"This often takes many years, as the land can only be disposed of gradually as new buildings are required.
"In this case it would be difficult to differentiate the land or site value from the owners' expenditure upon it.
"If unoccupied land is to be taxed, it must naturally follow that all unoccupied buildings which are at present exempt from taxation must be similarly charged."
Again, Mr. Sabin said: "But, further, nearly every large city tells its own tale. On its outskirts will be found tracts of land not built upon, while just beyond houses may be found. The intervening space is a source of trouble and annoyance. The owner would let or sell if he could, but the higher urban, as compared with the lower rural, rates, deter lessees and purchasers. It is not that the difference merely reduces the value, but for all practical purposes it destroys the value to lease or sell for immediate building. Or in truer and common phrase, the value is dormant until there shall be found persons who are willing to bear, not the extra rate on the ground (that will still fall on the site owner), but the extra burden on the capital invested in the houses, in exchange for the advantage of living within a municipal area. Of course, where there are valuable services rendered in respect of the difference in the rates, the illustration does not apply.
Cross, Vol. IV. of Min. of Ev., App. No. IV. par. 19. F. W. Hunt,
22,559. Wainwright, 21.898-902. Mathews, 22,166-71, and Vol. IV. of Min. of Ev., App. No. VI., par. xvi. (2), Sabin, Vol. IV. of Min. of Ev.. App. No. VI., pars. 17-21.
Mathews, Vol. IV. of Min. of Ev., App. No. VI., par. 16. See also Wainwright, Vol. IV. of Min. of Ev., App. No. V., pars. 7, 8, 9. Cross,
Sabin, Vol. IV. of Min. of Ev.,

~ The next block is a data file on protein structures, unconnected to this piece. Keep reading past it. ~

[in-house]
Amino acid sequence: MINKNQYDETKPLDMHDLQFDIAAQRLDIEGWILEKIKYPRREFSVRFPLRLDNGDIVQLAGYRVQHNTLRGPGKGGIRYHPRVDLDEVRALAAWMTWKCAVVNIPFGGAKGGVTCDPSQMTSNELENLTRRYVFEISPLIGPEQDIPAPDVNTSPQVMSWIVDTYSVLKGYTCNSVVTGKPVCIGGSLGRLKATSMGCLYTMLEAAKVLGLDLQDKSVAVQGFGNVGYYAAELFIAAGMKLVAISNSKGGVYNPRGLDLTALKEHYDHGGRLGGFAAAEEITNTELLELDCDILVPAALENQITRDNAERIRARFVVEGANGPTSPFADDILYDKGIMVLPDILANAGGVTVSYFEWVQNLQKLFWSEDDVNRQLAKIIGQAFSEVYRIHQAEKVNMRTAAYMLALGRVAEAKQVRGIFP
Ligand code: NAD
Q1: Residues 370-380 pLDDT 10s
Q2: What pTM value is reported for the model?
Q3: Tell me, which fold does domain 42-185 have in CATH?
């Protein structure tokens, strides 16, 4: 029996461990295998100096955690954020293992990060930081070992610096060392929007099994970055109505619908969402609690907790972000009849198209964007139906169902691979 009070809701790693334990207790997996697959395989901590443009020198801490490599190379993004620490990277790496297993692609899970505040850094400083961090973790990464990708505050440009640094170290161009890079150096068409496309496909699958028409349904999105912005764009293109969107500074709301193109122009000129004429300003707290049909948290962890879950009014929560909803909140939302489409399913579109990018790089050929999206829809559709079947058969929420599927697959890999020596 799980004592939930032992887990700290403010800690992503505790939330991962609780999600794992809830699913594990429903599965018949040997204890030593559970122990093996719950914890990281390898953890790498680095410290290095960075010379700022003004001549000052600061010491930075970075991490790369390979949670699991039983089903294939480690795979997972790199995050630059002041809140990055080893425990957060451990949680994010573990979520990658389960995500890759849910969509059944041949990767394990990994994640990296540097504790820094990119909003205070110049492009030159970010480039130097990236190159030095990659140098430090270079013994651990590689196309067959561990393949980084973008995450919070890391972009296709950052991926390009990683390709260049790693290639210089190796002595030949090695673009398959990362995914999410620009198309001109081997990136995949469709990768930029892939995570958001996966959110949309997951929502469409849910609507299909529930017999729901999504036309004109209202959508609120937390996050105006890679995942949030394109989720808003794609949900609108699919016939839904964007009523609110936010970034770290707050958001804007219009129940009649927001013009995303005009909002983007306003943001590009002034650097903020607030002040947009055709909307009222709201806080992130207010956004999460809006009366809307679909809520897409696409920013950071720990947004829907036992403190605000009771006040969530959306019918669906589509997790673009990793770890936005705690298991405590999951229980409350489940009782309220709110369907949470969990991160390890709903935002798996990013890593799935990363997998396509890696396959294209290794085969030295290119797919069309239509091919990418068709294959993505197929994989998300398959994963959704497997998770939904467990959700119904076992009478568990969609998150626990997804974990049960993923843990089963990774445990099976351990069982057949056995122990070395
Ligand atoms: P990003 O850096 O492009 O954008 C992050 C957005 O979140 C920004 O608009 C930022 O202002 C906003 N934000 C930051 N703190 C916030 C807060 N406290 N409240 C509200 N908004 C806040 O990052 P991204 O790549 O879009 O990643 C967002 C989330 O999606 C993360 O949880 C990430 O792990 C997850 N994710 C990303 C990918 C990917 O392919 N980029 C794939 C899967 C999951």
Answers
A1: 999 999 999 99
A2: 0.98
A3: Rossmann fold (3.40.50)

App. No. III., pars. 17-21.
"It will be seen that the last paragraphs vitally affect the question as to the rating of 'building land,' although here, again, a strict definition would be necessary if uniform results are to follow. It must be assumed to be land within an urban area, capable of being opened up into adequate roads, and of being drained into public sewers, and in a situation where it would attract occupiers.
"Land is not available for building until sewers and roads are formed. Such works are difficult to estimate, and are scarcely ever executed within the amount proposed. While I admit that to make an owner contribute by rate immediately he takes advantage of existing benefits, would not be unjust, I cannot admit that a rate should be laid for no benefit, in the expectation that in self-defence the owner would embark on a doubtful speculation, with a possibility of having erected houses that no one wanted, but in respect of which it is suggested by some that he should also pay rates. The enormous clearances for huge railway goods stations have done much more to produce overcrowding, than the keeping back of land from the market by obstinate owners.
"Moreover, the opening up of a building property may depend upon arrangements with other owners and other interests, to an extent that would be much more open to dispute than the estimate of the value of a completed building or a covered site.
"Nor do I think it would be to the public interest to lay it down that all land within any prescribed area was building land, and then rate it with the overt intention of forcing it into the market. Such a rate could not be confined to the Metropolis or the large towns. It must be applicable anywhere, and the power to levy it might easily result in new neighbourhoods being shut out from affording relief to congested districts, because immediately an owner set about any development for building purposes, he would be liable to be rated. Rate such an owner, immediately he, by receipt of money, takes advantage of existing benefits - and in respect of those benefits - and make the rate direct on the owner, but the raw material of unremunerative land should not be rated. However much I may desire to have my rates reduced, I should consider it a public disaster if the grounds of Holly Lodge, or Mr. Burdett Coutts' stud paddocks were forced prematurely into the market. They will be built over quite soon enough."
The other main point urged by valuers to the Royal Commission on Local Taxation was that it would be contrary to accepted principles to rate upon capital value property not producing any income. This view was supported by Mr. Sargant. The question of rating on capital value is discussed in Chapter XI.